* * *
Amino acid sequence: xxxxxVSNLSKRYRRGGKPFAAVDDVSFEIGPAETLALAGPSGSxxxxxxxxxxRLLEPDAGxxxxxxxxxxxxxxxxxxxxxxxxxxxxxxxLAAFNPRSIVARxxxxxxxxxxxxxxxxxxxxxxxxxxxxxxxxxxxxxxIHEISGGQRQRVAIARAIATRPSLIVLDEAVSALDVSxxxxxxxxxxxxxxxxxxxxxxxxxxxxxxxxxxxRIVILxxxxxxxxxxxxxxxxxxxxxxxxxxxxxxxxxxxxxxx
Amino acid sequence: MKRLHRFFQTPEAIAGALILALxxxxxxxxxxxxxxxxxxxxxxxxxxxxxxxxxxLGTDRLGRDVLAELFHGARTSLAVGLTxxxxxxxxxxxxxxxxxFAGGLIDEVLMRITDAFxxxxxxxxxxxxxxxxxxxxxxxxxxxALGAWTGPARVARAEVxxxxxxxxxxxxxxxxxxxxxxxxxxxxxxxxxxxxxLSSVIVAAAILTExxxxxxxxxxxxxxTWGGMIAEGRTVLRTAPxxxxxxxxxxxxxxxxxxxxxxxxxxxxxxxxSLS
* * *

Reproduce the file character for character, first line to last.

Amino acid sequence: xxxxxVSNLSKRYRRGGKPFAAVDDVSFEIGPAETLALAGPSGSxxxxxxxxxxRLLEPDAGxxxxxxxxxxxxxxxxxxxxxxxxxxxxxxxLAAFNPRSIVARxxxxxxxxxxxxxxxxxxxxxxxxxxxxxxxxxxxxxxIHEISGGQRQRVAIARAIATRPSLIVLDEAVSALDVSxxxxxxxxxxxxxxxxxxxxxxxxxxxxxxxxxxxRIVILxxxxxxxxxxxxxxxxxxxxxxxxxxxxxxxxxxxxxxx
Amino acid sequence: MKRLHRFFQTPEAIAGALILALxxxxxxxxxxxxxxxxxxxxxxxxxxxxxxxxxxLGTDRLGRDVLAELFHGARTSLAVGLTxxxxxxxxxxxxxxxxxFAGGLIDEVLMRITDAFxxxxxxxxxxxxxxxxxxxxxxxxxxxALGAWTGPARVARAEVxxxxxxxxxxxxxxxxxxxxxxxxxxxxxxxxxxxxxLSSVIVAAAILTExxxxxxxxxxxxxxTWGGMIAEGRTVLRTAPxxxxxxxxxxxxxxxxxxxxxxxxxxxxxxxxSLS